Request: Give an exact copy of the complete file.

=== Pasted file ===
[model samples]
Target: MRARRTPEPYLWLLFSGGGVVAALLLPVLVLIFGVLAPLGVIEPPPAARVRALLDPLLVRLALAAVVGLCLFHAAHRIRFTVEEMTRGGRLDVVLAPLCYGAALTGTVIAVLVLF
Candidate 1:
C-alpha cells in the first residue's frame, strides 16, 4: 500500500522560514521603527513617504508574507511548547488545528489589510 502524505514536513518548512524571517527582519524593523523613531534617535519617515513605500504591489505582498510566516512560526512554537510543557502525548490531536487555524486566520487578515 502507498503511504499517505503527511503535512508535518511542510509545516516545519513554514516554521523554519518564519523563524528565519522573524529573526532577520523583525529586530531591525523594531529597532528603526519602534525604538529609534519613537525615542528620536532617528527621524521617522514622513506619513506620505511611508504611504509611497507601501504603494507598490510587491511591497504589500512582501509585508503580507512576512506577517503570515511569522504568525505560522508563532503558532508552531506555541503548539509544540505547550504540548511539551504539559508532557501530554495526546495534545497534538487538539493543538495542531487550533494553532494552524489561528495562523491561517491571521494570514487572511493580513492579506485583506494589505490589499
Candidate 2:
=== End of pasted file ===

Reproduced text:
[model samples]
Target: MRARRTPEPYLWLLFSGGGVVAALLLPVLVLIFGVLAPLGVIEPPPAARVRALLDPLLVRLALAAVVGLCLFHAAHRIRFTVEEMTRGGRLDVVLAPLCYGAALTGTVIAVLVLF
Candidate 1:
C-alpha cells in the first residue's frame, strides 16, 4: 500500500522560514521603527513617504508574507511548547488545528489589510 502524505514536513518548512524571517527582519524593523523613531534617535519617515513605500504591489505582498510566516512560526512554537510543557502525548490531536487555524486566520487578515 502507498503511504499517505503527511503535512508535518511542510509545516516545519513554514516554521523554519518564519523563524528565519522573524529573526532577520523583525529586530531591525523594531529597532528603526519602534525604538529609534519613537525615542528620536532617528527621524521617522514622513506619513506620505511611508504611504509611497507601501504603494507598490510587491511591497504589500512582501509585508503580507512576512506577517503570515511569522504568525505560522508563532503558532508552531506555541503548539509544540505547550504540548511539551504539559508532557501530554495526546495534545497534538487538539493543538495542531487550533494553532494552524489561528495562523491561517491571521494570514487572511493580513492579506485583506494589505490589499
Candidate 2: